January 2016 Issue
Ask the Expert: Popular Fad Diets for 2016
By Toby Amidor, MS, RD, CDN
Vol. 18 No. 1 P. 8
Q: What are the names of some of the fad diets in 2016 that clients may ask dietitians about?
A: One of the most popular New Year's resolutions is to lose weight. As such, once January 1 comes around, the popularity of fad diets skyrocket. It's important for nutrition professionals to stay abreast of the latest diet trends. Here are several you may be hearing about from clients and patients.
The Military Diet
The Military Diet promises a weight loss of up to 10 lbs without strenuous exercise or medications. According to its creators, the purpose of this plan is for "emergency" situations, such as an upcoming wedding. The low-calorie meal plan, which dieters follow three days of the week, is provided by the Military Diet website (themilitarydiet.com). The three days consist of a combination of three meals per day and "chemically compatible" food to help jumpstart weight loss. For example, breakfast may include one egg, one slice of toast, and one banana.
Allowable foods include apples, bananas, meat, peanut butter, eggs, green beans, and vanilla ice cream, along with water, coffee, and Stevia (the only allowable sweetener). On the four off-days, any foods are allowed as long as total calories are 1,500 or less. The dieter can continue this three days on and four days off pattern if they choose.
This plan isn't scientifically sound and doesn't provide specific guidelines. The unexplained selection of foods, especially if followed over a longer period of time, leaves room for inadequate nutrient consumption, which should be the primary concern of the practitioner.
The HMR Diet
More than 30 years ago, behavioral psychologist Lawrence Stifler developed the Health Management Resources (HMR) program. The diet claims that three times as much weight is lost and kept off using low-calorie shakes and nutrition bars. The diet allows for fruits and vegetables to help keep the dieter satiated. It also emphasizes exercise (10 to 20 minutes of walking per day), healthful lifestyle strategies, and personal accountability. In phase 1, the "Quick Start" phase, the goal is to lose weight as quickly as possible, around 1 to 2 lbs per week. The dieter consumes a minimum of three shakes per day, two HMR entrées (provided to client), and five 1-cup servings of fruits and vegetables. Phase 2 begins once weight-loss goals are met and is a less structured diet.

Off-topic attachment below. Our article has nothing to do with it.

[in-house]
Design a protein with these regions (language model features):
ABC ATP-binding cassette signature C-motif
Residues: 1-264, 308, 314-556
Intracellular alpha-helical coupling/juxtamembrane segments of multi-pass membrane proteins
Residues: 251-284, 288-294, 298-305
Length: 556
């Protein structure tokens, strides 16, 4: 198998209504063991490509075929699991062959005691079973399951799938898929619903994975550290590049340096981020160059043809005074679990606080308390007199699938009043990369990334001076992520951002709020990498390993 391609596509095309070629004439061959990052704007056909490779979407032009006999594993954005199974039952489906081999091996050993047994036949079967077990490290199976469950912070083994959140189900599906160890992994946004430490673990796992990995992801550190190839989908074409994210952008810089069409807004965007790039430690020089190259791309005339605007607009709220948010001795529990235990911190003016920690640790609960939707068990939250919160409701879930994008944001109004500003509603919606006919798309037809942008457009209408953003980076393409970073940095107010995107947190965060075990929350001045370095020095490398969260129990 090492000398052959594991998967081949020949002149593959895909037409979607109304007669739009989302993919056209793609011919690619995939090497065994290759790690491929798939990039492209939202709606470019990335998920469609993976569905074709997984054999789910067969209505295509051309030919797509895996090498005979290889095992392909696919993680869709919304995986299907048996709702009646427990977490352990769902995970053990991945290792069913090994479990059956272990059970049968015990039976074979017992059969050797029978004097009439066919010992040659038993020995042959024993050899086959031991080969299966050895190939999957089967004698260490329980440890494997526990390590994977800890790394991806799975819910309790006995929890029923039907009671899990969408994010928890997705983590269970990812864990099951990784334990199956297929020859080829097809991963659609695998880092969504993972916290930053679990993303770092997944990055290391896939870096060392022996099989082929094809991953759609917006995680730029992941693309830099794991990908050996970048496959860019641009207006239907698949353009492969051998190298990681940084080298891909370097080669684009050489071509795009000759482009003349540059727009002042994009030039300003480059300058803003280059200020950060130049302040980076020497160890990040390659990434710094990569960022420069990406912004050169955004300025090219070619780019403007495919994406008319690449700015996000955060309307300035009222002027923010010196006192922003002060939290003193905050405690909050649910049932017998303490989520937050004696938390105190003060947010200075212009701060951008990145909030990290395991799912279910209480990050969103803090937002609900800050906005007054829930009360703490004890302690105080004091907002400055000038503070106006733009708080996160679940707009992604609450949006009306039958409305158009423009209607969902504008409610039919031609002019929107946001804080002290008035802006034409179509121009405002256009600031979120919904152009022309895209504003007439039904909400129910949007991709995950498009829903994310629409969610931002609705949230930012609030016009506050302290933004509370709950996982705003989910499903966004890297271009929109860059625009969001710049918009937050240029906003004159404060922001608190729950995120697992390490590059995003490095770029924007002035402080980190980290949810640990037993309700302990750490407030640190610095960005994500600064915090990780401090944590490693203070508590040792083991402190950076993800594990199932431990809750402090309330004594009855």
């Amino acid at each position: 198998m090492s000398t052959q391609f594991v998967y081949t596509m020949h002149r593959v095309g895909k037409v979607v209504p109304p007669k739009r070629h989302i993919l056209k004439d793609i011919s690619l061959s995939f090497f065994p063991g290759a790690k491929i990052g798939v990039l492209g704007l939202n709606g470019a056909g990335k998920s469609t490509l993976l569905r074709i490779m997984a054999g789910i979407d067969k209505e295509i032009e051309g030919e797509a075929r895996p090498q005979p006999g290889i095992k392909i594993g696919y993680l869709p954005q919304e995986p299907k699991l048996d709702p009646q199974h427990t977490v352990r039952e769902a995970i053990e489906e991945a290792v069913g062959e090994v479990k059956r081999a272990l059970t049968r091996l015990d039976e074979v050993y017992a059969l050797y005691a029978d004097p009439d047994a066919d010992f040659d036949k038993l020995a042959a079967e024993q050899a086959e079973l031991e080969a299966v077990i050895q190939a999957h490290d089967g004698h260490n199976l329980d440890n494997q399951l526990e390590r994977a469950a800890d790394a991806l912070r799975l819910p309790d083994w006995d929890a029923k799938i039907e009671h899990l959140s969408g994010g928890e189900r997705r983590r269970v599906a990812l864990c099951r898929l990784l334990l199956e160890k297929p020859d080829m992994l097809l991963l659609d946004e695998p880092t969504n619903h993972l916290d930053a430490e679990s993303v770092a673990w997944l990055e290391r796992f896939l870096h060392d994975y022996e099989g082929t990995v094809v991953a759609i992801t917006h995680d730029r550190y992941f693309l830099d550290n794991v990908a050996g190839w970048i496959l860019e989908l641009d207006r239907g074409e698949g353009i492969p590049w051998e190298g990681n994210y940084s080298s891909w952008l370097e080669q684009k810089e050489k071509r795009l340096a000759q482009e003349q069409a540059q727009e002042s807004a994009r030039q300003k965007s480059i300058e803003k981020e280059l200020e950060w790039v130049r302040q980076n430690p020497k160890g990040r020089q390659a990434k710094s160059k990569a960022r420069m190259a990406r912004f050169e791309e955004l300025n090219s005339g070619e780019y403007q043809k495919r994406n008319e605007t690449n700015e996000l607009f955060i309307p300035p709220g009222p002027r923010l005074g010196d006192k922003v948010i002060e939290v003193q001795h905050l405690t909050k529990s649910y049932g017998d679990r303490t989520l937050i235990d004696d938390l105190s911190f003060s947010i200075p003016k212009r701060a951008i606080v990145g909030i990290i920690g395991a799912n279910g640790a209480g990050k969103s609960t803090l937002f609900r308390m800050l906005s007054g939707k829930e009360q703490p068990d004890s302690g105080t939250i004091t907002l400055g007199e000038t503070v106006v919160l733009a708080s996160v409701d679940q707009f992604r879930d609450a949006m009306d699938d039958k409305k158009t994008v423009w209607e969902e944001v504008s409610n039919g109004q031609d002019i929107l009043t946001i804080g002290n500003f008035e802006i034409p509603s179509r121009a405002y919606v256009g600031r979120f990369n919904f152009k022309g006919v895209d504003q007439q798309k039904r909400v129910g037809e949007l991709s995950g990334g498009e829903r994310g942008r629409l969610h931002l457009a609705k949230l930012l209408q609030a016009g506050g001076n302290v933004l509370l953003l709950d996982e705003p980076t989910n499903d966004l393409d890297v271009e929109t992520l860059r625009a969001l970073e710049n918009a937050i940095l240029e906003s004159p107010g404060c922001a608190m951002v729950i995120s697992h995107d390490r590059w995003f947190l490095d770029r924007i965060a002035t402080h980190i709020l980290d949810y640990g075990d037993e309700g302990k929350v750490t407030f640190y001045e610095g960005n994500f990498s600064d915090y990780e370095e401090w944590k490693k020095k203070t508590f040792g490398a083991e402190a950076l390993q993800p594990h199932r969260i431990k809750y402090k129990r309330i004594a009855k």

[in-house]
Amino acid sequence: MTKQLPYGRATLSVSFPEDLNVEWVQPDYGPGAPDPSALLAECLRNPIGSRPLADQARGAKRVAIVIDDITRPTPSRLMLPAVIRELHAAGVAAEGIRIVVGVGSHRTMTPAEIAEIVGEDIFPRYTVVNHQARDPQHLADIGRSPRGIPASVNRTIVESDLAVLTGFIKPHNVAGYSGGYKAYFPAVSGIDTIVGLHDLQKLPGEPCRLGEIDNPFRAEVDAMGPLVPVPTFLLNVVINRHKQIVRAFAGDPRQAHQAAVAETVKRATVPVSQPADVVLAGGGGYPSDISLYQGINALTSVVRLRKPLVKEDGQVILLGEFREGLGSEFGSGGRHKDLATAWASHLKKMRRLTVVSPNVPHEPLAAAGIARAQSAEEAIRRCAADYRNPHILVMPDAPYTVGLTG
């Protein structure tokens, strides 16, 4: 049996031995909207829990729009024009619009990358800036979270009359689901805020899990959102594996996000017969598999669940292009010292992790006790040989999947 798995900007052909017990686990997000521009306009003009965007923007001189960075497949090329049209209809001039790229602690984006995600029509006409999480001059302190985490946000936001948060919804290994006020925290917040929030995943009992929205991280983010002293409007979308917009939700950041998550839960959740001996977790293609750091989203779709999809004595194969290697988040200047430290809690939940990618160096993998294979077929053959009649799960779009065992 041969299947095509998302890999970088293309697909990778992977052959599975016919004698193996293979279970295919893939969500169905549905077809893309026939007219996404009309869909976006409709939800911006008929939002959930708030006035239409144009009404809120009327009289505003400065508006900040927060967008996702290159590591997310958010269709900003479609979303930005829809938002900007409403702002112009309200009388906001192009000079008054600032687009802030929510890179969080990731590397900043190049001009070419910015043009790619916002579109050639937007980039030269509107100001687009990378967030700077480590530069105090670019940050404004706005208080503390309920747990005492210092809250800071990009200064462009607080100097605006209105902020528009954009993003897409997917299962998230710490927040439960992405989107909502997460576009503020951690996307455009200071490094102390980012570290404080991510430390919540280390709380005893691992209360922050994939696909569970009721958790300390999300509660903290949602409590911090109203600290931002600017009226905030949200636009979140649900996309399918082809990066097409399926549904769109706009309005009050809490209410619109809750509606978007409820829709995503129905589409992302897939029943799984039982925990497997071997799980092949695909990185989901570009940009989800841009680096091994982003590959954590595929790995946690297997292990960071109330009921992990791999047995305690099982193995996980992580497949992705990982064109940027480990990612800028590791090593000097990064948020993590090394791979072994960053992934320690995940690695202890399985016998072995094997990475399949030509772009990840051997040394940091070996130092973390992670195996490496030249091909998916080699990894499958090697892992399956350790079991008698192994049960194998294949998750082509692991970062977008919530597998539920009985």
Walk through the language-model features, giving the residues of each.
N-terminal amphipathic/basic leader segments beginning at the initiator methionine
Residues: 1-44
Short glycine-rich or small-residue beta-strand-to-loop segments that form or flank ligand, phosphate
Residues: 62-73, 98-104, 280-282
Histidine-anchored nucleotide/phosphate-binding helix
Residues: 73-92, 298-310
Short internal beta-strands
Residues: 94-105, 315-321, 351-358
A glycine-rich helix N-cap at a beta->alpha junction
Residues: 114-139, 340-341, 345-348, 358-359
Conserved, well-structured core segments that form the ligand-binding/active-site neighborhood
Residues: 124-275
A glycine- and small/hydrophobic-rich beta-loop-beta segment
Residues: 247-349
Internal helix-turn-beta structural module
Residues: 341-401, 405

A low-calorie plan usually will result in weight loss, but it doesn't teach clients how to control portions and cook healthfully for themselves. This can lead to weight gain once they go off the diet. Practitioners should assess any barriers to weight maintenance clients may have and educate them on label reading, healthful cooking, and portion control.
Green Smoothie Cleanses
In mid-2014, the book The 10-Day Green Smoothie Cleanse by JJ Smith was a New York Times bestseller, and in 2015 several green smoothie cleanse plans were released. The 10-Day Green Smoothie Cleanse claims that dieting alone won't remove the toxins from the body, and detoxification should be done first. This cleanse promotes three smoothies, snacks, and water or detox tea each day for 10 days. Smoothies are made from raw vegetables, like arugula, beet greens, kale, parsley, and radish tops, along with fruits.
Cleansing plans tend to be dangerously low in calories (<1,000 kcal), which means clients will fall short of essential nutrients. Side effects from following an extremely low-calorie diet even over a short period of time include fatigue, dizziness, and nausea. It's important to tell clients that the liver and kidneys don't need assistance in detoxification. If a client chooses to make green smoothies, stress that they can include them in a healthful, well-balanced eating plan.
Other Popular Plans
Other diet plans that continue to be popular include the Bulletproof Diet, Whole30, Paleo Diet, and a variety of fasting regimens. RDs should review the guidelines of each. See the June 2015 issue of Today's Dietitian for a review of the Bulletproof Diet. In addition, the Academy of Nutrition and Dietetics provides reviews of a variety of fad diet plans at www.eatright.org/resources/health/weight-loss/fad-diets.
Further, the February 2015 release of the Dietary Guidelines Advisory Committee report emphasized healthful eating patterns such as the Mediterranean, vegetarian, and Dietary Approaches to Stop Hypertension diets. These eating patterns have been gaining recognition in the general population and may be some of the plans clients choose.
As RDs, it's important to work with people to help them lose weight. However, the safety and nutritional profile of a plan should be of utmost concern so clients can lose weight, keep it off, and remain healthy.
— Toby Amidor, MS, RD, CDN, is the founder of Toby Amidor Nutrition (http://tobyamidornutrition.com) and the author of the cookbook The Greek Yogurt Kitchen: More Than 130 Delicious, Healthy Recipes for Every Meal of the Day. She's also a nutrition expert for FoodNetwork.com and a contributor to US News Eat + Run, Shape.com, and MensFitness.com.